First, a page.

We would like to thank everyone who came to restore and support as well as the hundreds of messages we received online. Tschabalala Self says:

Painting the skin of my sculpture white is an obscene act and I feel horribly for individuals in Bexhill-on-Sea for whom this event may have shocked or frightened. To my supporters there, I would like to extend my sincere gratitude and a promise that I will continue to make work that provokes meaningful change and progress in our shared society.

See the full statement from the artist here  

Seated will continue to be restored professionally and will re-open on Saturday 3 June, where we invite everyone to enjoy a picnic with the artist on the lawns around the sculpture and celebrate the power of art to galvanise and connect people and communities. Details to follow.



Notes on Vandalism
Tschabalala Self, 21 May 2023

I am very disheartened that my sculpture Seated (2022) was targeted and attacked by vandals. Despite my disappointment I am not surprised as Black and Female – and especially because Black Female bodies are often targets for abuse. Seated proudly represents the beauty of both blackness and femininity, and for these very reasons she has been harmed: covered by her assailant with white spray paint in a futile attempt to erase her colour and, in my mind, her strength. Despite these efforts, she remains in place and will continue to do so until her time at De La Warr Pavilion is complete.

Many have derived joy from Seated, and through community support she will be restored to her former likeness. I hope that the violence enacted on the sculpture illuminates the persistent issues plaguing the Global West. Painting the skin of my sculpture white is an obscene act and I feel horribly for individuals in Bexhill-on-Sea for whom this event may have shocked or frightened. To my supporters there, I would like to extend my sincere gratitude and a promise that I will continue to make work that provokes meaningful change and progress in our shared society.

Tschabalala Self’s “Seated”: our response to the vandalism

On Monday 15 May, Tschabalala Self’s public sculpture, Seated, was vandalised.

The sculpture, which has been temporarily installed outside the De La Warr Pavilion, is of a seated Black woman positioned looking out to sea. The perpetrator covered the entirety of the woman’s skin with white spray-paint.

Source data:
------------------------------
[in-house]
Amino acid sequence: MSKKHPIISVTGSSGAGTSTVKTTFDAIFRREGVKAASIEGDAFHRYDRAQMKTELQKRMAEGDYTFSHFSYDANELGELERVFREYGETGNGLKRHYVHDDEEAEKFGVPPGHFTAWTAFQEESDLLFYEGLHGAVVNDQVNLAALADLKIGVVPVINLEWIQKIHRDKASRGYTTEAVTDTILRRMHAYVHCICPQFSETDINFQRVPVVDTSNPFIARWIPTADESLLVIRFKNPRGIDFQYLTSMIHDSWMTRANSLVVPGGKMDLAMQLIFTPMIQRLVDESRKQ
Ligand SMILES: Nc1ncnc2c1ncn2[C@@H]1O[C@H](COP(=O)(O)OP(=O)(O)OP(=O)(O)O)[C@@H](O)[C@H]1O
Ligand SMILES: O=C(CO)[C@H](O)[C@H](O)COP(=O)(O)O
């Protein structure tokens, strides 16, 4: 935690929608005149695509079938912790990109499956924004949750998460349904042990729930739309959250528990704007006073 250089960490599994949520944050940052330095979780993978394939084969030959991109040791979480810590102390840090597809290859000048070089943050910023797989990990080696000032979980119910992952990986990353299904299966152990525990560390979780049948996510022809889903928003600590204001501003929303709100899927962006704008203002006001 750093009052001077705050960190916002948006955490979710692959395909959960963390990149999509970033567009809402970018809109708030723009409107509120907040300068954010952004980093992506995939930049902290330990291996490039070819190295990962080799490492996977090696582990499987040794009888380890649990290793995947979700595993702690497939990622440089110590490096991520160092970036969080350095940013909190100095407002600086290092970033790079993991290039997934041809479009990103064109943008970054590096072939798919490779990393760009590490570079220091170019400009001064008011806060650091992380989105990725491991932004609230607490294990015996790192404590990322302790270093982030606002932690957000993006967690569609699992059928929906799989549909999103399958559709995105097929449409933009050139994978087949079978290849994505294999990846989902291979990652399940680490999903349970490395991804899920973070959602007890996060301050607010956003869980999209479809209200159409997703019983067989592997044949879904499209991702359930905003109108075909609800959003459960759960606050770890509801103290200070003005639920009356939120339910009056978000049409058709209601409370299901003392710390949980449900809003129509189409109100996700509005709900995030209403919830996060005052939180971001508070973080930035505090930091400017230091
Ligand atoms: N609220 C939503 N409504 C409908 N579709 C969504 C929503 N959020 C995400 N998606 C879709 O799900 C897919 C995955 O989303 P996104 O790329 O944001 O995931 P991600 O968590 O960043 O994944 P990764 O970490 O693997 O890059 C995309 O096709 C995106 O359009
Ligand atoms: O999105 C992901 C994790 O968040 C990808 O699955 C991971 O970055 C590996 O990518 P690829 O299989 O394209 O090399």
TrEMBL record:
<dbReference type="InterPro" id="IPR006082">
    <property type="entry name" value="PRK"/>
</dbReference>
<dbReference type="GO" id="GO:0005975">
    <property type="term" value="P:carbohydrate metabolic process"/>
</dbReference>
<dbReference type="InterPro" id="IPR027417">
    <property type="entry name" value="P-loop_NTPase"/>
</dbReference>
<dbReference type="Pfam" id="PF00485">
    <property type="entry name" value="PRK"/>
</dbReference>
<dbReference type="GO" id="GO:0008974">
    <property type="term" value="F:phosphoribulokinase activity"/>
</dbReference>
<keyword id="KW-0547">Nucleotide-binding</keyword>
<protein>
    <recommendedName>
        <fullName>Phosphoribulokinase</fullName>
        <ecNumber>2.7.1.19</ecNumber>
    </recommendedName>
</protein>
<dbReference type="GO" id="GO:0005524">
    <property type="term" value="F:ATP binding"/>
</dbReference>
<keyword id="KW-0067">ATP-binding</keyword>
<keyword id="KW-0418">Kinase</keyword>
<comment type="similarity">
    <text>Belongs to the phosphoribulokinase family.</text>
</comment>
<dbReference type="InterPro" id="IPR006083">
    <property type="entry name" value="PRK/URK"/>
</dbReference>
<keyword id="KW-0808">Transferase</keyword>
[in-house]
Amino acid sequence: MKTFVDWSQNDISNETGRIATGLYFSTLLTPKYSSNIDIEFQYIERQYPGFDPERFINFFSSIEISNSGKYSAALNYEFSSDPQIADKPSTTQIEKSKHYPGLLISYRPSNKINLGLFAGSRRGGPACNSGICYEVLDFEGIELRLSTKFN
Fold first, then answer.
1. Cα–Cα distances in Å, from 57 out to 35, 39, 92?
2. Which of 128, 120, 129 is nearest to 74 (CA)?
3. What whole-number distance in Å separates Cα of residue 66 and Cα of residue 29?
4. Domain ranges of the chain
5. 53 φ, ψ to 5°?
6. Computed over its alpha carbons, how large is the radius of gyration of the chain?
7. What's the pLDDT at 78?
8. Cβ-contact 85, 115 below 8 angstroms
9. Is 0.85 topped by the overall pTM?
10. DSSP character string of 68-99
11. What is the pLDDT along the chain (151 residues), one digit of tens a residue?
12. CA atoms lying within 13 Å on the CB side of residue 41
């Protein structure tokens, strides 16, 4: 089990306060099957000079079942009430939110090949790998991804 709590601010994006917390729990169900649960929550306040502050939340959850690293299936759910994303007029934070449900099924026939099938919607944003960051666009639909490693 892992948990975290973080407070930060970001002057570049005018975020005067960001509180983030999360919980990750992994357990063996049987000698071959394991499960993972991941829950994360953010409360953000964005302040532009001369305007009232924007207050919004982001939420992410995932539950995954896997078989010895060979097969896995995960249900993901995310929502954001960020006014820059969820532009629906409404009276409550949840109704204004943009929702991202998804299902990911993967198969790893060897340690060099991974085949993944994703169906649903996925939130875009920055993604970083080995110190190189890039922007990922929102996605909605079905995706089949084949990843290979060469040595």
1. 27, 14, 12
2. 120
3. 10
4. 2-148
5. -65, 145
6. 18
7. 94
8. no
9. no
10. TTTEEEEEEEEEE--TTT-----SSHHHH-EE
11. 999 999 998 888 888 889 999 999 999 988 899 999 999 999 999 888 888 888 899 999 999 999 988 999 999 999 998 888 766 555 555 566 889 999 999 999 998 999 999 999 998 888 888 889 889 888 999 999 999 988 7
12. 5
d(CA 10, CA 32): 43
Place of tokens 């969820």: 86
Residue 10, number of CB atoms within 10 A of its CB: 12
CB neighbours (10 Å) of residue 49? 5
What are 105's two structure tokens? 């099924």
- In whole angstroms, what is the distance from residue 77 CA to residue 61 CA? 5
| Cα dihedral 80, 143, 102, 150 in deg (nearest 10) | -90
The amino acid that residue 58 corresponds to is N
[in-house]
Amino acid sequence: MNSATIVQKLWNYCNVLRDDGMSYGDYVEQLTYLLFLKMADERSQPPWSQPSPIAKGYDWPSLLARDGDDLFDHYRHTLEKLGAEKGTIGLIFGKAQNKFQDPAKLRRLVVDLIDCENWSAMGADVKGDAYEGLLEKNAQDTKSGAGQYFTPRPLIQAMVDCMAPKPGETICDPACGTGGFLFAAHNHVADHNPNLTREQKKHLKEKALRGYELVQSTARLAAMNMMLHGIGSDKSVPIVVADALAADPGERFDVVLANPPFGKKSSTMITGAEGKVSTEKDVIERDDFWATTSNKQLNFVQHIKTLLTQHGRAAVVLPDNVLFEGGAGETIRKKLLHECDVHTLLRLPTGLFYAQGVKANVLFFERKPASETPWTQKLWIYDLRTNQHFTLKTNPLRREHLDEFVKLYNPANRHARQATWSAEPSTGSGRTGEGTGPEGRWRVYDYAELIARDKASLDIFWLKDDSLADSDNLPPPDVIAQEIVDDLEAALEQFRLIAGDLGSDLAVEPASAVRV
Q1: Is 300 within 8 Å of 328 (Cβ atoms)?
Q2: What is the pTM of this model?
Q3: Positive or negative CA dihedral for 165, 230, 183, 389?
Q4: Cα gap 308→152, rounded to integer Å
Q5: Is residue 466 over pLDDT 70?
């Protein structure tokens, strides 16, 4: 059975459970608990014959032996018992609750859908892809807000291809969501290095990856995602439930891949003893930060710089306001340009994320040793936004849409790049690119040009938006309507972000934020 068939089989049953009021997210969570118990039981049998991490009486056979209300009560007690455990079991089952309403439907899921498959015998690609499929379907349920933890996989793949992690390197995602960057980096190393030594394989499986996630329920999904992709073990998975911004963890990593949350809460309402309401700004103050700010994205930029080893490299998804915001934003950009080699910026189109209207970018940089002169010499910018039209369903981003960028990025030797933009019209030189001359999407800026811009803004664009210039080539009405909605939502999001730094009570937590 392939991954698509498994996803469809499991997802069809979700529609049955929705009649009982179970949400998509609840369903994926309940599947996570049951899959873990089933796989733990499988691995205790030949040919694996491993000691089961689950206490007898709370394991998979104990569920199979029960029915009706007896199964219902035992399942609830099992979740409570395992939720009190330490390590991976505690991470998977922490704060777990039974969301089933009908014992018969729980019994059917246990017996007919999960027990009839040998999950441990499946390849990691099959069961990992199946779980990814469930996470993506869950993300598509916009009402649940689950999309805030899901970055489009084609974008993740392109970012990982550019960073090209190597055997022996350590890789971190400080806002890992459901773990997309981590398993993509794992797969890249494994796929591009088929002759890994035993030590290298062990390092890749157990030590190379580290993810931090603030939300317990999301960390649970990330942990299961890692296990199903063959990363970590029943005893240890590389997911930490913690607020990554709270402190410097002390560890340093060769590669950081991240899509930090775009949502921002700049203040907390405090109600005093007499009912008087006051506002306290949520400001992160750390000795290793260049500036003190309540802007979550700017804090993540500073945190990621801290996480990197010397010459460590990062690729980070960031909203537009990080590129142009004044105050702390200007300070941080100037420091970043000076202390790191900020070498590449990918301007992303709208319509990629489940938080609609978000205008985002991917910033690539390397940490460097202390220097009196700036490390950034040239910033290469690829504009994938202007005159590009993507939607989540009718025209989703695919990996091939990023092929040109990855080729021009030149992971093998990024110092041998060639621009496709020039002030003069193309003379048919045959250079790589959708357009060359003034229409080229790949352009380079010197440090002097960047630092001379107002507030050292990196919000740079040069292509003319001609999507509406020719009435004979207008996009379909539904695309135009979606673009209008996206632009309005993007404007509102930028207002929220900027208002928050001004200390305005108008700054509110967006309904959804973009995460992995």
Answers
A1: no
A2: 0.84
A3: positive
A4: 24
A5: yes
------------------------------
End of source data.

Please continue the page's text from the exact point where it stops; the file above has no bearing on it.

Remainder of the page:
In conversation with the artist, we have been considering what steps to take in order to protect the artwork and the wider impact of this act on our staff and communities. We have received considerable support in response to this vandalism and the sculpture will be uncovered so that the restoration is visible to everyone.


The De La Warr Pavilion invites you to
In response to the vandalism of Tschabalala Self’s Seated

Sunday 21 May
11am – 1pm
De La Warr Pavilion Lawns, Bexhill

On Monday 15 May, vandals attacked Tschabalala Self’s public sculpture of a seated Black woman positioned looking out to sea. The entirety of her skin was spray-painted white.

Following conversations with the artist, the Pavilion invites you to join us on Sunday 21 May, 11am – 1pm to help remove the paint and bring the community together in an act of peaceful resistance.

This event has been organised by the De La Warr Pavilion and supported by Tschabalala Self, the artist.

You will be provided with gloves and tools. Please wear suitable clothing to protect your skin whilst using white spirit. We recommend long trousers and long sleeves for protection. 

Members of the community have asked how they can donate towards the cost of the restoration. You can donate in several ways:

By Text
Text DLWP to 70507 to give £5.
Standard network rates apply/ De La Warr Pavilion will receive 100% of your donation.
Registered charity number 1065586.

You can donate online here

In the Pavilion
Use the Tap To Donate device in the gallery or on the Box Office counter




BBC South East talks to DLWP about women in music

On the day that the Independent Musician society gave evidence to a Parliamentary Committee on misogyny in the music industry, the BBC reported that

  • Only 1 in 10 festival headliners are women
  • Glastonbury Festival 2023 has all-male headliners
  • At the 2023 Brit Awards, only 1 in 3 nominees are women

At the Committee, Deborah Annetts, CEO of the Independent Musician Society said: